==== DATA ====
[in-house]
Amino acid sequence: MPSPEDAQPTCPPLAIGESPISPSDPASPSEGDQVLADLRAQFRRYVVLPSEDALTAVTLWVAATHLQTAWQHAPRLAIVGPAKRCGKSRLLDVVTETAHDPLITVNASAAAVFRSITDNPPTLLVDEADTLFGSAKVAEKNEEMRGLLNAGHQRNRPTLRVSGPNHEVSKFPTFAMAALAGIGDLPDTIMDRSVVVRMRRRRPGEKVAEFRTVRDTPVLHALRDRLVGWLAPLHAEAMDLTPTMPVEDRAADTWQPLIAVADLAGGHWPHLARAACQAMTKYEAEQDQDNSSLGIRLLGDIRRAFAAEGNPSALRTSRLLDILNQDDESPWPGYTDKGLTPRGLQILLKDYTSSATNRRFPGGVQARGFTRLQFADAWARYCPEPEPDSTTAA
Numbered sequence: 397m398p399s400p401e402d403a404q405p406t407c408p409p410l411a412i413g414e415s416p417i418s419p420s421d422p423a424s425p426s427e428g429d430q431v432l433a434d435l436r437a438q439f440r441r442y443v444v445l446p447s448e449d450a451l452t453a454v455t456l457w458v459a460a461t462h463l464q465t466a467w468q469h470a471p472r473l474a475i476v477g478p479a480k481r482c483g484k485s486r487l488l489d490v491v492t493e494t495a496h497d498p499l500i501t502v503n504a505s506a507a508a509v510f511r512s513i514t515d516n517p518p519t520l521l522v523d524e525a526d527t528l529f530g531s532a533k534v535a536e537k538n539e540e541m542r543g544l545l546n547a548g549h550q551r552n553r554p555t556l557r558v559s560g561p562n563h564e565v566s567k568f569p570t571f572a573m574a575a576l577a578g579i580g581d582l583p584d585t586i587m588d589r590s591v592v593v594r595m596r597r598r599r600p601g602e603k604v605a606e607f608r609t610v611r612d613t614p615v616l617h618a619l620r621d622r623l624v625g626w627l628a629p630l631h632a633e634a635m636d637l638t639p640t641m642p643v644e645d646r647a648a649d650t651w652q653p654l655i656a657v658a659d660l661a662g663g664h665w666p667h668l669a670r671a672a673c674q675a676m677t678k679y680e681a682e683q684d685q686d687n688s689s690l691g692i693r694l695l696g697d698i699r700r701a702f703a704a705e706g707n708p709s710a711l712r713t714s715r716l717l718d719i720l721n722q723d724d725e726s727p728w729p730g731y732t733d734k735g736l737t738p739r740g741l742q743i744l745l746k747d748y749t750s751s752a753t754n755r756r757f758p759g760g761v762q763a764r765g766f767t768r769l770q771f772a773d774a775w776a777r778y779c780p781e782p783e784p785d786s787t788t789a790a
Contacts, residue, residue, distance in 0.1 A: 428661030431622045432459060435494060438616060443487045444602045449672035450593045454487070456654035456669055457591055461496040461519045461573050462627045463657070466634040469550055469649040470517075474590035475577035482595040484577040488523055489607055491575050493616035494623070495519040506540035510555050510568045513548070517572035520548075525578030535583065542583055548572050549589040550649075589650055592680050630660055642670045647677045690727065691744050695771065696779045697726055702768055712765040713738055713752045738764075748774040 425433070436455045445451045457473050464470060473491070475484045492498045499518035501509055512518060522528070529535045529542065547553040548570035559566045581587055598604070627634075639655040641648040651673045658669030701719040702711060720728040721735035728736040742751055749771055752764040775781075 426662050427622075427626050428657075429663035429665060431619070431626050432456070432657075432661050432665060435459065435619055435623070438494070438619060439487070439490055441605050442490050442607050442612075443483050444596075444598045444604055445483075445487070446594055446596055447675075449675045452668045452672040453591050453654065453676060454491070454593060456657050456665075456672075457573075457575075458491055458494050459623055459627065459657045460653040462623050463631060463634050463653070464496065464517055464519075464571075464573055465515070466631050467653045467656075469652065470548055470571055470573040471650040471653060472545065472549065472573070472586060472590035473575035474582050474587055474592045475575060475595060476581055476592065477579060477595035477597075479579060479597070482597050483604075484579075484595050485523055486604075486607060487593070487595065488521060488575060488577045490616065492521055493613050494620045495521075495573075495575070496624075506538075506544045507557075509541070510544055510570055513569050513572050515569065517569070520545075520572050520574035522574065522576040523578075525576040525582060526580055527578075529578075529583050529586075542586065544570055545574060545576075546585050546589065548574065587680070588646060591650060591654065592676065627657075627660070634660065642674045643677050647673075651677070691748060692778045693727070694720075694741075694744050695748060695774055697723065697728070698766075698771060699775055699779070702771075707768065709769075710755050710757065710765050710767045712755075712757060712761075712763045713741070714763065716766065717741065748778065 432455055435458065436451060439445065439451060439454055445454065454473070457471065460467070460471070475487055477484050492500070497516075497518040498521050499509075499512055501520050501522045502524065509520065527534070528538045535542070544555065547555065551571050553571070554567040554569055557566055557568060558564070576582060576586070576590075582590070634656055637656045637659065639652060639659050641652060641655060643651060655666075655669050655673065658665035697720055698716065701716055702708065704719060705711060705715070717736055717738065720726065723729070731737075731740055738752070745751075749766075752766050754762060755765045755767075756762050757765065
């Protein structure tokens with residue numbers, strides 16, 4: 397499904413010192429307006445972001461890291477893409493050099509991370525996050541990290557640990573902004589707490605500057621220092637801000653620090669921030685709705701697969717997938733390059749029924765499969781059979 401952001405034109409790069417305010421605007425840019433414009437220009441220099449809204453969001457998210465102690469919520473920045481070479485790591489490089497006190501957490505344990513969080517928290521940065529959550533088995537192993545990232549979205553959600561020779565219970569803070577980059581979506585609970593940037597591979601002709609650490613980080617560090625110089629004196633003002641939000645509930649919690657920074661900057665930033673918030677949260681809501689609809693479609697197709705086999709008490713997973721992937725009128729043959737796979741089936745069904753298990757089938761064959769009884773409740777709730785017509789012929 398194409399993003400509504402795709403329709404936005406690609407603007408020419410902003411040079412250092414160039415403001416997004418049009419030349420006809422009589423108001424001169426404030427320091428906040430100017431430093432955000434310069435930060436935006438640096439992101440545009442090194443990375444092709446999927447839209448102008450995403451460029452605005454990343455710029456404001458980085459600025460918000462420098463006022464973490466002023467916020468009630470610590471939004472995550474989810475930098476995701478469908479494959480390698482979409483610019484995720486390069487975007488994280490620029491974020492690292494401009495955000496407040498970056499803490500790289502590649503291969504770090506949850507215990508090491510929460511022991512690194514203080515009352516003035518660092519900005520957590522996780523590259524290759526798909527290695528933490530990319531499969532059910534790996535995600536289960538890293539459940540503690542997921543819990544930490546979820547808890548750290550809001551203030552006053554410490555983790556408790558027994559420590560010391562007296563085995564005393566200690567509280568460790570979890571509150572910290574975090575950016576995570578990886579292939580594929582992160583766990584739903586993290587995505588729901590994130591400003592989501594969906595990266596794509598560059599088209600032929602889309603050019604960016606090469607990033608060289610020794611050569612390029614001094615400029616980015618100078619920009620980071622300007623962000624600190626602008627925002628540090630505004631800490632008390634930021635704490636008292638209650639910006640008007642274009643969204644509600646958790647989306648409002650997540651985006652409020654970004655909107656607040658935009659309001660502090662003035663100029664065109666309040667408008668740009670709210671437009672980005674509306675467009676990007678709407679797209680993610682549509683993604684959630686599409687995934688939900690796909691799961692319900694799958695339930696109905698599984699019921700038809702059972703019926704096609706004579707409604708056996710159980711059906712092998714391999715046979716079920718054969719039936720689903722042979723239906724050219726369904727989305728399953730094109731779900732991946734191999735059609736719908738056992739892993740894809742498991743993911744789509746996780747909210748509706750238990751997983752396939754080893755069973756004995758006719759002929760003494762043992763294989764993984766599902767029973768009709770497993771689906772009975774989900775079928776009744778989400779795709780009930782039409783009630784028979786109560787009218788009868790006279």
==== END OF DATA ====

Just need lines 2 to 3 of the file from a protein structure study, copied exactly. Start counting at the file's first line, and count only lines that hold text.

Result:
Amino acid sequence: MPSPEDAQPTCPPLAIGESPISPSDPASPSEGDQVLADLRAQFRRYVVLPSEDALTAVTLWVAATHLQTAWQHAPRLAIVGPAKRCGKSRLLDVVTETAHDPLITVNASAAAVFRSITDNPPTLLVDEADTLFGSAKVAEKNEEMRGLLNAGHQRNRPTLRVSGPNHEVSKFPTFAMAALAGIGDLPDTIMDRSVVVRMRRRRPGEKVAEFRTVRDTPVLHALRDRLVGWLAPLHAEAMDLTPTMPVEDRAADTWQPLIAVADLAGGHWPHLARAACQAMTKYEAEQDQDNSSLGIRLLGDIRRAFAAEGNPSALRTSRLLDILNQDDESPWPGYTDKGLTPRGLQILLKDYTSSATNRRFPGGVQARGFTRLQFADAWARYCPEPEPDSTTAA
Numbered sequence: 397m398p399s400p401e402d403a404q405p406t407c408p409p410l411a412i413g414e415s416p417i418s419p420s421d422p423a424s425p426s427e428g429d430q431v432l433a434d435l436r437a438q439f440r441r442y443v444v445l446p447s448e449d450a451l452t453a454v455t456l457w458v459a460a461t462h463l464q465t466a467w468q469h470a471p472r473l474a475i476v477g478p479a480k481r482c483g484k485s486r487l488l489d490v491v492t493e494t495a496h497d498p499l500i501t502v503n504a505s506a507a508a509v510f511r512s513i514t515d516n517p518p519t520l521l522v523d524e525a526d527t528l529f530g531s532a533k534v535a536e537k538n539e540e541m542r543g544l545l546n547a548g549h550q551r552n553r554p555t556l557r558v559s560g561p562n563h564e565v566s567k568f569p570t571f572a573m574a575a576l577a578g579i580g581d582l583p584d585t586i587m588d589r590s591v592v593v594r595m596r597r598r599r600p601g602e603k604v605a606e607f608r609t610v611r612d613t614p615v616l617h618a619l620r621d622r623l624v625g626w627l628a629p630l631h632a633e634a635m636d637l638t639p640t641m642p643v644e645d646r647a648a649d650t651w652q653p654l655i656a657v658a659d660l661a662g663g664h665w666p667h668l669a670r671a672a673c674q675a676m677t678k679y680e681a682e683q684d685q686d687n688s689s690l691g692i693r694l695l696g697d698i699r700r701a702f703a704a705e706g707n708p709s710a711l712r713t714s715r716l717l718d719i720l721n722q723d724d725e726s727p728w729p730g731y732t733d734k735g736l737t738p739r740g741l742q743i744l745l746k747d748y749t750s751s752a753t754n755r756r757f758p759g760g761v762q763a764r765g766f767t768r769l770q771f772a773d774a775w776a777r778y779c780p781e782p783e784p785d786s787t788t789a790a